At the beginning of the twentieth century, the United States provided immigrants from troubled nations around the world with safe havens for revolutionary movements aimed at their homelands. Clan Na Gael, an organization seeking Irish independence from Great Britain, began in Philadelphia in 1870 and retained its base in the US. The Cuban Revolutionary Party, aiming at the island’s independence from Spain, was founded in 1892 among Cuban expatriates living in Florida. A bit later, in 1913, the Ghadar Party was established on the West Coast among Punjabi Indians in a bid for Indian independence from Britain. The career of renowned Chinese revolutionary Sun Yatsen (1866–1925) followed this same general pattern. In the course of his life, he converted to Christianity under American auspices, organized a revolutionary movement among ethnic Chinese in American-influenced Hawai`i, canvassed American Chinatowns for funds for his movement, and absorbed elements of the American political model into his famed Three People’s Principles. Along with Great Britain and Japan, the US helped shape Sun Yatsen’s sense of what being modern meant and of how China could reshape itself as a major modern power.
Sun Yatsen has come to be known among many Chinese as “the father of modern China” for the roles he played in overthrowing China’s last dynasty, the Qing (1644–1912), and subsequently leading the Nationalist Party (Guomindang, founded in 1912) while allying it with the then-fledgling Chinese Communist Party (founded in 1921). Today, the governments of the Republic of China on Taiwan and of the Communist-led People’s Republic of China on the Chinese mainland regard Sun’s ideas as a resource for a possible future reunification of China—leading Sun to serve once again as a bridge between contrary forces. During his lifetime, Sun operated within an exceedingly complex environment that featured ever-widening contacts between China and the larger world. To highlight the American component of his twists and turns, I will divide his life into three major periods, corresponding to his youth (1866–1894), his revolutionary activities (1895–1911), and his efforts to complete the revolution he helped begin (1912–1925).
1866–1894: Hawai`i and Christianity
In the world in which Sun Yatsen was born, China had already fought and lost two Opium Wars (1839–42, 1856–60) with Great Britain, leading to “unequal treaties” that gave Westerners privileges in designated treaty ports along China’s Pacific coast. During the same period, a southern Chinese insurgent had led the Christian-influenced, virtually nationwide Taiping Rebellion against the Manchu-led Qing dynasty, an effort that the government finally quashed in 1864. Clearly, the West and its ideas were already leaving their mark on China.
Sun Yatsen was born in the village of Cuiheng in the Pearl River Delta, a region with a lengthy history of connections with foreign countries. Indeed, his own elder brother, Sun Mei, immigrated to the Hawai`ian islands in 1871, gradually building up his wealth to the point where he could open a store and, eventually, manage a rice plantation on the island of Mau`i. The young Sun eagerly read Sun Mei’s letters describing Hawai`i—then independent but in- creasingly shaped by Americans—as a prosperous land with a liberal government. Following Sun Mei’s triumphal visit to Cuiheng in 1879, Sun followed him back to Hawai`i and spent the core of his teen years there.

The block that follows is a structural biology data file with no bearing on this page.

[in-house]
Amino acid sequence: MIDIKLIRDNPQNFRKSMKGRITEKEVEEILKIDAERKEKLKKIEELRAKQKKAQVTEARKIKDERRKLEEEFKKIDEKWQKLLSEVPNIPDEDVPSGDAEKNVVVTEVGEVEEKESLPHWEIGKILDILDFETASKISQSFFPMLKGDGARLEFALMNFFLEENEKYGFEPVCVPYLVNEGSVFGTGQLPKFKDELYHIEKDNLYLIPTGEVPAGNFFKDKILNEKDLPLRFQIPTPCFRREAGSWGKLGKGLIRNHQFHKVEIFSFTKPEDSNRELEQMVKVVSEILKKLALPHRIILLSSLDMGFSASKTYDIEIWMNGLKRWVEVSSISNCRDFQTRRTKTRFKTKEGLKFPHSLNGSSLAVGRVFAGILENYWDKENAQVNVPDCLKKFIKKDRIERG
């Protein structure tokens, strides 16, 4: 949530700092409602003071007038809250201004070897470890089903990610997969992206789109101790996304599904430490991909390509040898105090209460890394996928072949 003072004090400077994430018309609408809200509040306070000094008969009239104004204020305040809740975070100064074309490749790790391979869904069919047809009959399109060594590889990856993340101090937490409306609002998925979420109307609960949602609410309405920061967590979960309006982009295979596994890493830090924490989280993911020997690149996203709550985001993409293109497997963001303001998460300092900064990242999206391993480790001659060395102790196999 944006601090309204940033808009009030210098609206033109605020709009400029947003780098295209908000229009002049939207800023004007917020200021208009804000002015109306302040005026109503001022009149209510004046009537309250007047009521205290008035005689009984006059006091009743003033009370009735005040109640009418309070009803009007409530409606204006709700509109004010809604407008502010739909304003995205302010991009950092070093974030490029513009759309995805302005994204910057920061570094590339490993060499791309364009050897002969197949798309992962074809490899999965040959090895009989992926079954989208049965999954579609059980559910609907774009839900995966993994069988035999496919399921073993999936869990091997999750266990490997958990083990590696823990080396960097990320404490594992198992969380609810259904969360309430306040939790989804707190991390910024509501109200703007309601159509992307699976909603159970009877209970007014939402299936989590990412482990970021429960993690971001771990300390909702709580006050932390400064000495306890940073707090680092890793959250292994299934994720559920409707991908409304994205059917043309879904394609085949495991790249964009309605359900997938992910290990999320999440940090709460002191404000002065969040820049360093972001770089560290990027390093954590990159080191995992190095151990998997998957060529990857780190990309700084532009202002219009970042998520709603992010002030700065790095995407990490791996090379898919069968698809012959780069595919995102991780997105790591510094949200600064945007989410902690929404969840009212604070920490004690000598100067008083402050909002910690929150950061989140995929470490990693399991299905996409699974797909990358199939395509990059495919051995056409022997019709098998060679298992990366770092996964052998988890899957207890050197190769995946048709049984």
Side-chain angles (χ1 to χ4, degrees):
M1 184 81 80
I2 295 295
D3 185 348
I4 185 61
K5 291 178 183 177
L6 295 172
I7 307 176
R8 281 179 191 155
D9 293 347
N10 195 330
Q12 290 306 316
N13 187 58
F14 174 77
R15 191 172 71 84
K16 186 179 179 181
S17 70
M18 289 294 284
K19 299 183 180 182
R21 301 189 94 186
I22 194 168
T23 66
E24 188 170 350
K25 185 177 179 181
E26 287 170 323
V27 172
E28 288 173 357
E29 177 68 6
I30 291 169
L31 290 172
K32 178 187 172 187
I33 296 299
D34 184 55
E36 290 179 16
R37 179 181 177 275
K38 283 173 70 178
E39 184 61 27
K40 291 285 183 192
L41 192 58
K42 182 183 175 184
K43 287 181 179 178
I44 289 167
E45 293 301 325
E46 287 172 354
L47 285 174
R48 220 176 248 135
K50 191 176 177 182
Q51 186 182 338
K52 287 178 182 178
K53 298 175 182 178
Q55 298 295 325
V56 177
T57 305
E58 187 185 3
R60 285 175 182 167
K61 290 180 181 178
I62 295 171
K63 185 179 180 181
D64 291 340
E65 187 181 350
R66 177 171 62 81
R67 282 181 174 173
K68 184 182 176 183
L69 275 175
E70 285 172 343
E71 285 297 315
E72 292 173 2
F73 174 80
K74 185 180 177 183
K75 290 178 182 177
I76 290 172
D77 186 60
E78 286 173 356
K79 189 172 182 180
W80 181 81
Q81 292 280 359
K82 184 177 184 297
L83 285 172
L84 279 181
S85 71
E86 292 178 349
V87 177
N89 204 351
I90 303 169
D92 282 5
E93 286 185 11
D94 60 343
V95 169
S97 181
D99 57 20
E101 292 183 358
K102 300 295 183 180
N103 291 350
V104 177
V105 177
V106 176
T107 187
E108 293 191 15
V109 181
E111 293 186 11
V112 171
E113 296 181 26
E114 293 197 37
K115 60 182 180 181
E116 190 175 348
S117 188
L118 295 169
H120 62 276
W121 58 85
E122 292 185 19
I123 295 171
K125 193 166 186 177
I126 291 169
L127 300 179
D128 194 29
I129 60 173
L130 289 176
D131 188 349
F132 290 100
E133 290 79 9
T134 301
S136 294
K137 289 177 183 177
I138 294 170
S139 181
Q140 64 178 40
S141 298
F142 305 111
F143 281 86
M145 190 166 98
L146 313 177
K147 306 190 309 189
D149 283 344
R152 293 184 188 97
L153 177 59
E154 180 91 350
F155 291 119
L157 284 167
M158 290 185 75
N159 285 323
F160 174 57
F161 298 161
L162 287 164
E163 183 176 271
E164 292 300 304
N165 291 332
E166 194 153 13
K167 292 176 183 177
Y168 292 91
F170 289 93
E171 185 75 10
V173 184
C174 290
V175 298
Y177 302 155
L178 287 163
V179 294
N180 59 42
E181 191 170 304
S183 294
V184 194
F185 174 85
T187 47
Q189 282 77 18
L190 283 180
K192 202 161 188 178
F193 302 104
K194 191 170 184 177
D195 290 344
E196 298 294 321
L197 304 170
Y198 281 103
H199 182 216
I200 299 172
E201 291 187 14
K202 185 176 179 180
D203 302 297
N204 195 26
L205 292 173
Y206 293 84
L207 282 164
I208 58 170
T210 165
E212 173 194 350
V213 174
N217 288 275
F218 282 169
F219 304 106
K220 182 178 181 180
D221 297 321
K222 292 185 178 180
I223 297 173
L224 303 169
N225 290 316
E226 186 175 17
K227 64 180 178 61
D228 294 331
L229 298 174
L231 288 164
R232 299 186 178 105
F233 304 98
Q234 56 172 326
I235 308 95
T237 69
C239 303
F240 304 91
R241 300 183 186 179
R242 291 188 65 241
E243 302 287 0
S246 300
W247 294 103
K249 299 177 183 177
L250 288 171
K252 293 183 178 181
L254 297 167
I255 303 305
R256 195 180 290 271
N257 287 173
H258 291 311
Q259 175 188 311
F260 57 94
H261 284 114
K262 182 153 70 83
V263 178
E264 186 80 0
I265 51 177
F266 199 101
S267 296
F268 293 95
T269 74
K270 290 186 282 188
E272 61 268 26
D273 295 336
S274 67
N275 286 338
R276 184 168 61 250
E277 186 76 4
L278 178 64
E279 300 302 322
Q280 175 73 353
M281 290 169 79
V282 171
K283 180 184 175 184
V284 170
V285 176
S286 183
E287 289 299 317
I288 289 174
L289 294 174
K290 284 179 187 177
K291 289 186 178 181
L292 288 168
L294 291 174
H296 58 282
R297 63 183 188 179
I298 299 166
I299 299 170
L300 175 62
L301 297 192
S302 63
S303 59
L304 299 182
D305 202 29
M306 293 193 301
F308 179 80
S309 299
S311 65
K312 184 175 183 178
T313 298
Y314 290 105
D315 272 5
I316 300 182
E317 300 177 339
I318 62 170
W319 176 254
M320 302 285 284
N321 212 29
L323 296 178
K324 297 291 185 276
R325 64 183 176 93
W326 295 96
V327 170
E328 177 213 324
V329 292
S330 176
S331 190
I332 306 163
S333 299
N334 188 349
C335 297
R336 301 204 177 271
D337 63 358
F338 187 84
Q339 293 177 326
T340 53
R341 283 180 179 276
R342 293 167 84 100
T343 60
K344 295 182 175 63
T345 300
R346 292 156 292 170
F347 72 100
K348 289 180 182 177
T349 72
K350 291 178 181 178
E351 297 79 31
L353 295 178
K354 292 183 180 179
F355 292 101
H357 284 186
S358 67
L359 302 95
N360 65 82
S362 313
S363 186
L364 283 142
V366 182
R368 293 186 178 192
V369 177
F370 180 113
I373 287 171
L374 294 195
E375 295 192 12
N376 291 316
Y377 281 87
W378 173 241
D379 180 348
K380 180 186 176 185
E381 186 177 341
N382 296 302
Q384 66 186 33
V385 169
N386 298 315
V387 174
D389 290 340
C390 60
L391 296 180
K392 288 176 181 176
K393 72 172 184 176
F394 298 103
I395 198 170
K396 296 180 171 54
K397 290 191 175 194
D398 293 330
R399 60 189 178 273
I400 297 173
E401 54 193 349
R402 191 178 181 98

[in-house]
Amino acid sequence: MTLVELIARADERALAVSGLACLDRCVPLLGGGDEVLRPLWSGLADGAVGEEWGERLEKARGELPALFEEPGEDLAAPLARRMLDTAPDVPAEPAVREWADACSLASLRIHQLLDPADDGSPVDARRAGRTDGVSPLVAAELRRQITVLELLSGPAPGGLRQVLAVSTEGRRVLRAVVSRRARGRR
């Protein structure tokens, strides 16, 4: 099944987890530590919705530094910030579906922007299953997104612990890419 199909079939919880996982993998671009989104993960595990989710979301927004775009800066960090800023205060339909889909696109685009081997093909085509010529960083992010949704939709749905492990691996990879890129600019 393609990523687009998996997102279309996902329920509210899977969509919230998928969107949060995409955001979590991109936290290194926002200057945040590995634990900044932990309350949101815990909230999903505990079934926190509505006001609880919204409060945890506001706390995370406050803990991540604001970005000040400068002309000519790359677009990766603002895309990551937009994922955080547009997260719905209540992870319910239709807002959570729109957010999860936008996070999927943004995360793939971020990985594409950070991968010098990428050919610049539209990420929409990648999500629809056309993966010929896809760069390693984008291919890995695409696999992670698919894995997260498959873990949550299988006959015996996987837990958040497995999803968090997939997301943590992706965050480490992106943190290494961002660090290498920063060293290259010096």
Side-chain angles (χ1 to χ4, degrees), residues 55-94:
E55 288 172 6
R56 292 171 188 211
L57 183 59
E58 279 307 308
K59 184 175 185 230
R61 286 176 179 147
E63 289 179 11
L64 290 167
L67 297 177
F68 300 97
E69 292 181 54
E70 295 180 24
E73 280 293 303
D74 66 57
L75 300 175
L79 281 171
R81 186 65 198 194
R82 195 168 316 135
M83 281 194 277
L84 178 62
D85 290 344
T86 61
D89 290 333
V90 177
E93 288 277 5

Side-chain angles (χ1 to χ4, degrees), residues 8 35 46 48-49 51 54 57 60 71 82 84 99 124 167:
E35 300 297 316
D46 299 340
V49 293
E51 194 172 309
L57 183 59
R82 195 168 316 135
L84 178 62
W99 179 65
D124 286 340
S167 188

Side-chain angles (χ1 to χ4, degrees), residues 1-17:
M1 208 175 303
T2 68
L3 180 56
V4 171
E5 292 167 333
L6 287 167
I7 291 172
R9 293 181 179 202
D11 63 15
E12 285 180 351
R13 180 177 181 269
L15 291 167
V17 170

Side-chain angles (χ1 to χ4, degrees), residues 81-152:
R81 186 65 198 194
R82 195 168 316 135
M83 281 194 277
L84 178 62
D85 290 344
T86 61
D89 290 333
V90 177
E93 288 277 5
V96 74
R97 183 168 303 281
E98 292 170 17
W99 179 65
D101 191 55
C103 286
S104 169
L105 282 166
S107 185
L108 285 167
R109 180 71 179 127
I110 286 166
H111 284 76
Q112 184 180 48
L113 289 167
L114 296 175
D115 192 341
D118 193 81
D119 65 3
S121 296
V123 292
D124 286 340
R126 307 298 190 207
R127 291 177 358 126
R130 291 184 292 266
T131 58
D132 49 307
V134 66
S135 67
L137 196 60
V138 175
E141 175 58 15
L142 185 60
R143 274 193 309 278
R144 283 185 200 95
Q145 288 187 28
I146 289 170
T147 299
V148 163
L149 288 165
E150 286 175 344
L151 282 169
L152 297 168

Educationally, this became Sun’s second start. His first start had been at Cuiheng’s elementary school with its emphasis on memorization of the Confucian classics. Now, he boarded at Iolani School, which was run by British Anglicans and featured a strong component of prayer services and Bible study. Sun steadily absorbed the school’s message that identified Christianity with progress. Following his graduation from Iolani in 1882, he proceeded to Oahu College, a school with a reputation as the watering hole for the islands’ most ambitious youth. (Interestingly, American President Barack Obama attended this school, renamed Punahou, in the 1970s.) Oahu College was controlled by American Congregationalists who deepened Sun’s interest in Christianity while spurring his curiosity about political science and medicine. Sun Mei, disapproving of Christianity, sent his brother back to Cuiheng the following year.
While it is difficult to separate the British and American influences in Sun’s teenage education, it is clear that he emerged with an attraction to Christianity, a respect for republican government, and an appreciation for entrepreneurial self-strengthening. In short, he was smitten with the Anglo-American West as Hawai`i’s upper crust had packaged it.
Not long after Sun returned to Cuiheng, his new value system emerged. He and a childhood friend damaged several religious icons in the village, leading the village to expel them temporarily. Sun responded by moving to nearby Hong Kong, then a British colony, and continuing his education there. Before long, he formally converted to Christianity at the hands of Dr. Charles Hager, a young American Congregationalist missionary who subsequently had Sun accompany him on an evangelizing tour. Historian Paul A. Cohen has pointed out that Christianity in nineteenth-century China functioned somewhat like a secret society—viewed by the government as heterodox, it became a semi-underground support network for its members.1 This is certainly how Sun saw it. While his commitment to Christian doctrine and ritual would vary in later years, he consistently turned to Chinese Christians—like himself, marginal figures in Chinese society—whenever he needed immediate assistance.